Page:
It was a pleasant surprise to find that people living in 18th century would approach the questions about human society, labour and formation of prices of goods not on political or emotional basis but trying to find out "how things work" in fact.

Previously I was of the opinion that economists are people that are not to be taken seriously and so was , I thought Adam Smith himself (my judgement was based on some "citations" from him that I had read).

Now it seems to me I was wrong - may be he had asked himself the simple questions that everybody dares to ask himself in a given period of his/her life. Except that everybody, gives up searching for the answers to these questions and accepts the meaningless explanation: what we see happenning in human society, happens in this way because this is how it should happen. Or because of .. the raise of the prices on the market, for example. (Obviously prices are something like a natural natural phenomena - raise of the tempratures in the northern hemisphere , humidity in the air,...) After several "explanations" of this kind , one gives up - it is immpossible to find out what is going on in society because this is the purpose. The less people know, the better for ... for everyone who can take advantage out of this.

For 90% (well this is my evaluation) of the people what is going on with money and prices is a mystery. At the same time they are forced to participate in this "game" and participate in some stupid manner. Then a game that is played in a stupid manner and played by players, unwilling to play it (at least for 90% of them this is just a burden) will come to a crush eventually. It seems it is inevitable that there will always be crises every 30-40 years.

I do not know whether Adam Smith is correct in his explanations but I think he is absolutely correct that one must search the reason for the processes that take place in society.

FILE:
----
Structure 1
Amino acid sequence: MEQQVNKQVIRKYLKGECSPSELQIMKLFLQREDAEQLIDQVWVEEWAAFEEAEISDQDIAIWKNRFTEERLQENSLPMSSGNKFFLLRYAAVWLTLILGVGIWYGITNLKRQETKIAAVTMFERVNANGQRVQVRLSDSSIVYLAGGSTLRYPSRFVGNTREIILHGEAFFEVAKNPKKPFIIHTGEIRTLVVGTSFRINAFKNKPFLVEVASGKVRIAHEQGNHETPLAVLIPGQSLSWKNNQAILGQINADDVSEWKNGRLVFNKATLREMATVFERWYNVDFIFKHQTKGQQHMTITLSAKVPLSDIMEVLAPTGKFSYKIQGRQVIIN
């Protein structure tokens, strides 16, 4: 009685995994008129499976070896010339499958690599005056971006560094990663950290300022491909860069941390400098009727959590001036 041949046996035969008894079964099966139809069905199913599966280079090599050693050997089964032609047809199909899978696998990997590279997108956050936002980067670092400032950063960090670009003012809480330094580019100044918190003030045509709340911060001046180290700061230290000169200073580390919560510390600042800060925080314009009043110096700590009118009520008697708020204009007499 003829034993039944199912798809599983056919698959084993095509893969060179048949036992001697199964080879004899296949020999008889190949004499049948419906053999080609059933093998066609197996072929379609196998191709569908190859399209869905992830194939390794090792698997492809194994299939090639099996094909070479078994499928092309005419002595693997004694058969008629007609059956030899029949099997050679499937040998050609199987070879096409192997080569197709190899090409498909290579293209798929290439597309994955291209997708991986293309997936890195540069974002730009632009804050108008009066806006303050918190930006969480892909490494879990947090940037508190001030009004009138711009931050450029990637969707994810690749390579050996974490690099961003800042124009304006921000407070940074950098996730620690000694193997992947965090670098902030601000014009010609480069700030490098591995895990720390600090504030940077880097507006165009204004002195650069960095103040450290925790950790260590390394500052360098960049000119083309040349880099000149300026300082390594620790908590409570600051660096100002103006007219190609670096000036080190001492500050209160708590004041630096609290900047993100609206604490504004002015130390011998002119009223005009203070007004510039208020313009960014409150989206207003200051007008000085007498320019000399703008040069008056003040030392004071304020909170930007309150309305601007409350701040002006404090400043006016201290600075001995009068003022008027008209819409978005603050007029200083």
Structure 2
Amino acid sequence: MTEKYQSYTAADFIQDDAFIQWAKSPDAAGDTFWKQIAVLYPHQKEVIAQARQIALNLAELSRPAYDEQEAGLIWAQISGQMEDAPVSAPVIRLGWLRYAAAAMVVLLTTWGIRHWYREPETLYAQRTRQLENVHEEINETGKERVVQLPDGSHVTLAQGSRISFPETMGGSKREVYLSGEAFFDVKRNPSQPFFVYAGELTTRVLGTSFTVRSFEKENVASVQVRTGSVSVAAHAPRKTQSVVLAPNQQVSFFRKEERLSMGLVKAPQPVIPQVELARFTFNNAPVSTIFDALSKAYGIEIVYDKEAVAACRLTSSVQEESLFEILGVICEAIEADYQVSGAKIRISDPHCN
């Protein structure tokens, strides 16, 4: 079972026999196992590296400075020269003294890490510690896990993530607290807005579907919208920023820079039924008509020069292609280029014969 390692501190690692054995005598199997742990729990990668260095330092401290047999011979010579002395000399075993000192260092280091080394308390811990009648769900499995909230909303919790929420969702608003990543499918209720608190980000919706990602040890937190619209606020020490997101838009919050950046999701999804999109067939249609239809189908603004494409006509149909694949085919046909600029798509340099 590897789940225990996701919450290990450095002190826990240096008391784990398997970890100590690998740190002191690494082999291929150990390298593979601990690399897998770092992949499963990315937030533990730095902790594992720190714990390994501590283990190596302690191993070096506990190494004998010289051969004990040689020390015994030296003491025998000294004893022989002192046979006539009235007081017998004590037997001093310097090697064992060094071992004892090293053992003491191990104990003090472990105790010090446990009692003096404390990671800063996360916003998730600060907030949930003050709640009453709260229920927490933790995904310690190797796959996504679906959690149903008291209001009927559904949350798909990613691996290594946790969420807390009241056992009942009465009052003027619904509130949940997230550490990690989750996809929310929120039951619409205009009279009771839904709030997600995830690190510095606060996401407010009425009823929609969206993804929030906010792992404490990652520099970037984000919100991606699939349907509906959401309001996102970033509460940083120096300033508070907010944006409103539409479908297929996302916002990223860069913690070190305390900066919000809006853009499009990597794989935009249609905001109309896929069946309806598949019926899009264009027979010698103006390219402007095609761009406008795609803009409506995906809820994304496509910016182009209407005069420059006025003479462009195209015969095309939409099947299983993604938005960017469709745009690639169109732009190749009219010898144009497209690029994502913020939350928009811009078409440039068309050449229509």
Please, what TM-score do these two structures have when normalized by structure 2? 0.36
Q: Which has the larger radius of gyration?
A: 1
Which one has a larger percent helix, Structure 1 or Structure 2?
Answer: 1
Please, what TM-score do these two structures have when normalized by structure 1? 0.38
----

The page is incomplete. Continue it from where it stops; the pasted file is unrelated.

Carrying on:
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By maya: on September 3, 2012
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Did not appreciate o'rourke's capacity to digest and inform, with a satire almost as dense as Adam Smith's prose! I would never have comprehended the latter -- far less been able to relate it to the present in such complexity -- without the help of the former!
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By Karla on November 13, 2012
Format: Paperback Verified Purchase
What a great buy! Great cost for a amazing classic!!!! My son is taking honors English in high school and has required reading, of which he chose this great work!
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By Carol Kay on September 25, 2014
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A classic that is as good as ever. It never gets outdated. All economic theory buffs must include this on their must read list.
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1 of 2 people found the following review helpful By lucas on December 26, 2012
Format: Paperback Verified Purchase
Bought it as a gift. I have the same book on a different version. For those who like business and are interetsted in the creation of capitalism and our today's economy, this is a great book.